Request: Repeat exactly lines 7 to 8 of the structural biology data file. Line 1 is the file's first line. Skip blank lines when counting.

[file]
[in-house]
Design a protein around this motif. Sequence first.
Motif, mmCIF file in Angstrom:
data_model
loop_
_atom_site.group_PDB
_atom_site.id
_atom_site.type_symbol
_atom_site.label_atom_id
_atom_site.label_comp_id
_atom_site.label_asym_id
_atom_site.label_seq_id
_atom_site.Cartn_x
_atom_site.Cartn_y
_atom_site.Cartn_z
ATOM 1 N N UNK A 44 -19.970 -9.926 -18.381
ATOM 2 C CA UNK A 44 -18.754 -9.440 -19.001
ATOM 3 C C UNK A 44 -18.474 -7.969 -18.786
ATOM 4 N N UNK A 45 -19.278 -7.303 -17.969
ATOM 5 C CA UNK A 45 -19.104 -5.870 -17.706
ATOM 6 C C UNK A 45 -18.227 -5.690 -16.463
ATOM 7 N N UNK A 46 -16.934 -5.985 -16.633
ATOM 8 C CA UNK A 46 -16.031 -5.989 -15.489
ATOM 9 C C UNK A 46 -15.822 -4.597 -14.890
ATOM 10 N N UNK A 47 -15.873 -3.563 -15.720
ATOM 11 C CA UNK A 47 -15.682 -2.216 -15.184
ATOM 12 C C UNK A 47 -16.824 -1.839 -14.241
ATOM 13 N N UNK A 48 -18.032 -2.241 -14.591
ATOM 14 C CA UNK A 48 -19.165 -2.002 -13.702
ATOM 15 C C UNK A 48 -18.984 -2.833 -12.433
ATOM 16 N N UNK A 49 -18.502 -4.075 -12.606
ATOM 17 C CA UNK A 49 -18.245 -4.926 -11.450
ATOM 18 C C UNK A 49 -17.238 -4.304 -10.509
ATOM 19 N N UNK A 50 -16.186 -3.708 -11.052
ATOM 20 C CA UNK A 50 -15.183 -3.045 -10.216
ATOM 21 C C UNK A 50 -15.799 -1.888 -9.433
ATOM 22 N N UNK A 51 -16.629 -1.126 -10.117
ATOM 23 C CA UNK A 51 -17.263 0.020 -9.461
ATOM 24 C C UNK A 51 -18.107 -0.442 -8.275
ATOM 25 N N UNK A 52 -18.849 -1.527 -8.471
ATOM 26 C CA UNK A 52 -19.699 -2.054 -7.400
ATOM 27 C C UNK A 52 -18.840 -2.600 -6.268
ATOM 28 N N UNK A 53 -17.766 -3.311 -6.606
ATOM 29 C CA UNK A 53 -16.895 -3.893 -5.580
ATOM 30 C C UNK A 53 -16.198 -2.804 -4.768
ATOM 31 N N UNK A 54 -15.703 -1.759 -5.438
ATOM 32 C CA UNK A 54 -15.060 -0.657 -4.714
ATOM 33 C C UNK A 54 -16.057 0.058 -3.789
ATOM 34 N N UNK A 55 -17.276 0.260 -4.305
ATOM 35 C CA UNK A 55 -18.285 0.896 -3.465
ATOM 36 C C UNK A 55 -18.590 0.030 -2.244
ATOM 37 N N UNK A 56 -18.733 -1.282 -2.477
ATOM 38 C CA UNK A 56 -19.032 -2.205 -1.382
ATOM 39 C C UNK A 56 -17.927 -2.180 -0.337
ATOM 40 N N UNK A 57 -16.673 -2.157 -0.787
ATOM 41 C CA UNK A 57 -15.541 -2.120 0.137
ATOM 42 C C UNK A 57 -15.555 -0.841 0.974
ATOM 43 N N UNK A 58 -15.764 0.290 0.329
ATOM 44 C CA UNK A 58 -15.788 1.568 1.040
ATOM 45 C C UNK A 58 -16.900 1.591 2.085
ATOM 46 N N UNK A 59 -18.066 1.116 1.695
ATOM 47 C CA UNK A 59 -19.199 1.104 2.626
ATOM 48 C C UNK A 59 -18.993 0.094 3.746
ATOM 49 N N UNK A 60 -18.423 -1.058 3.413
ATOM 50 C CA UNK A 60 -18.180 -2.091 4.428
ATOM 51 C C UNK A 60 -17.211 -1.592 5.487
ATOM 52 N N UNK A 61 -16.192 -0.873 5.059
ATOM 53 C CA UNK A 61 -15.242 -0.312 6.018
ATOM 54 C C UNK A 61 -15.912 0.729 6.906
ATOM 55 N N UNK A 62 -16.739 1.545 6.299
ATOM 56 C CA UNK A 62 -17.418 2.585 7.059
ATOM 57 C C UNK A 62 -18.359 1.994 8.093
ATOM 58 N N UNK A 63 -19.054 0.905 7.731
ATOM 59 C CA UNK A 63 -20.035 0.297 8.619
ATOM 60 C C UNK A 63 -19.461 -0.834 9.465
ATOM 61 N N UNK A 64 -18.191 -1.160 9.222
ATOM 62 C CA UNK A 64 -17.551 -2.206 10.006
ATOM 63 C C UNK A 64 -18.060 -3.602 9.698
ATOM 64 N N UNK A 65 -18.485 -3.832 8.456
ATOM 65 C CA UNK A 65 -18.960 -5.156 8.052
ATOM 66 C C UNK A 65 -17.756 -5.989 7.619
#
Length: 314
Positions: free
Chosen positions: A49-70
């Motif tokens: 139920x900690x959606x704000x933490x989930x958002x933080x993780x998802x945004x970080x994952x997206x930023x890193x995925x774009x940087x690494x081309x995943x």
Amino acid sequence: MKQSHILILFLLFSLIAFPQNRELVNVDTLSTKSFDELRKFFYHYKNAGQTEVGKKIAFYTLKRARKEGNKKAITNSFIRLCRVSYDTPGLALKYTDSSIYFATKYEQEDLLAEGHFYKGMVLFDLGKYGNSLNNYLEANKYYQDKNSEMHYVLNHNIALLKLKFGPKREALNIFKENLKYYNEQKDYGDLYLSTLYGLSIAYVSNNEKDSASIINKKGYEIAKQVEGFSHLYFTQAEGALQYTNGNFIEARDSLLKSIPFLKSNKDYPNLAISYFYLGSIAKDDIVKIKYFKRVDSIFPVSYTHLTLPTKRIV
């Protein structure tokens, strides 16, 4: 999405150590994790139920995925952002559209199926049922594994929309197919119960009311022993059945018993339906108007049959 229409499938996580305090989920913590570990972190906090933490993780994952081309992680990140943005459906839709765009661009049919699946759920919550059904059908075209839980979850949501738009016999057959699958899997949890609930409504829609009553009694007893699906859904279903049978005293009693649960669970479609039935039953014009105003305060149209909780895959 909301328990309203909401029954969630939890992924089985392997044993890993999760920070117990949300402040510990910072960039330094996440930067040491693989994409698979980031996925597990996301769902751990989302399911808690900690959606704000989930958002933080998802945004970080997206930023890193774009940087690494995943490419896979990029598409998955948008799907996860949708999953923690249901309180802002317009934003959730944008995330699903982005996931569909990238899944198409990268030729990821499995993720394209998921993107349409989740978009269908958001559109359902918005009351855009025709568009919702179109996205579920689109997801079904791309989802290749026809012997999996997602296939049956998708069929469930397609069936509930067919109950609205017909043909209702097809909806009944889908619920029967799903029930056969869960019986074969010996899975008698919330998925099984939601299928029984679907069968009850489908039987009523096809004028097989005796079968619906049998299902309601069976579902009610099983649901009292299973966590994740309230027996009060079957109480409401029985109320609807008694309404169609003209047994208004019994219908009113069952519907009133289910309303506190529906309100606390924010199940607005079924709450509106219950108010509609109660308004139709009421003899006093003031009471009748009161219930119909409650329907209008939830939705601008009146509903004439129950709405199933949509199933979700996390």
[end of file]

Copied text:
_atom_site.id
_atom_site.type_symbol